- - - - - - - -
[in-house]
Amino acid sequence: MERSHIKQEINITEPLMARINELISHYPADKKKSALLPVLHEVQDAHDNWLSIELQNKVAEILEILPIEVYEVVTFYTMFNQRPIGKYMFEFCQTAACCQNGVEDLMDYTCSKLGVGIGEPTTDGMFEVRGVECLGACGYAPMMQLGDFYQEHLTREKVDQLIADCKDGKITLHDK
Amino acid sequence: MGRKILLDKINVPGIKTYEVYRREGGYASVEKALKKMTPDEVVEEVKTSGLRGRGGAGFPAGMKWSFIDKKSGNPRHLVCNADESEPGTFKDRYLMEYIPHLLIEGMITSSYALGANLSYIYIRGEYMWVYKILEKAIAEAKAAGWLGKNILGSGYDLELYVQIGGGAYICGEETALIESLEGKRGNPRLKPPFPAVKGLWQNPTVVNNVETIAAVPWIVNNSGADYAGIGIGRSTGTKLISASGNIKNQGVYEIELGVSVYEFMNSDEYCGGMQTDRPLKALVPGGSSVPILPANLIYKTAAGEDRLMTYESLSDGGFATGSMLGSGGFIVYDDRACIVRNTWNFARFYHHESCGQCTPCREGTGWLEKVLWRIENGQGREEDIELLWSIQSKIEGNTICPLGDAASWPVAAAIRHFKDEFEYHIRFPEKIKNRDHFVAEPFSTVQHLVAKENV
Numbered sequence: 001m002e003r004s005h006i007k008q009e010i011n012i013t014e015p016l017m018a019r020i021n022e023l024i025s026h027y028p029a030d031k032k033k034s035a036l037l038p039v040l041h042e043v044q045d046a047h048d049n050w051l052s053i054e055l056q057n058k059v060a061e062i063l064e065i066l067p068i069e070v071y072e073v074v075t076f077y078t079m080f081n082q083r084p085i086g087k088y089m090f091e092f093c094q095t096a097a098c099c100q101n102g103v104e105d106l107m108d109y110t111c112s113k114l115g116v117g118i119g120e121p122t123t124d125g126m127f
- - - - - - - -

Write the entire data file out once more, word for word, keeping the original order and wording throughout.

[in-house]
Amino acid sequence: MERSHIKQEINITEPLMARINELISHYPADKKKSALLPVLHEVQDAHDNWLSIELQNKVAEILEILPIEVYEVVTFYTMFNQRPIGKYMFEFCQTAACCQNGVEDLMDYTCSKLGVGIGEPTTDGMFEVRGVECLGACGYAPMMQLGDFYQEHLTREKVDQLIADCKDGKITLHDK
Amino acid sequence: MGRKILLDKINVPGIKTYEVYRREGGYASVEKALKKMTPDEVVEEVKTSGLRGRGGAGFPAGMKWSFIDKKSGNPRHLVCNADESEPGTFKDRYLMEYIPHLLIEGMITSSYALGANLSYIYIRGEYMWVYKILEKAIAEAKAAGWLGKNILGSGYDLELYVQIGGGAYICGEETALIESLEGKRGNPRLKPPFPAVKGLWQNPTVVNNVETIAAVPWIVNNSGADYAGIGIGRSTGTKLISASGNIKNQGVYEIELGVSVYEFMNSDEYCGGMQTDRPLKALVPGGSSVPILPANLIYKTAAGEDRLMTYESLSDGGFATGSMLGSGGFIVYDDRACIVRNTWNFARFYHHESCGQCTPCREGTGWLEKVLWRIENGQGREEDIELLWSIQSKIEGNTICPLGDAASWPVAAAIRHFKDEFEYHIRFPEKIKNRDHFVAEPFSTVQHLVAKENV
Numbered sequence: 001m002e003r004s005h006i007k008q009e010i011n012i013t014e015p016l017m018a019r020i021n022e023l024i025s026h027y028p029a030d031k032k033k034s035a036l037l038p039v040l041h042e043v044q045d046a047h048d049n050w051l052s053i054e055l056q057n058k059v060a061e062i063l064e065i066l067p068i069e070v071y072e073v074v075t076f077y078t079m080f081n082q083r084p085i086g087k088y089m090f091e092f093c094q095t096a097a098c099c100q101n102g103v104e105d106l107m108d109y110t111c112s113k114l115g116v117g118i119g120e121p122t123t124d125g126m127f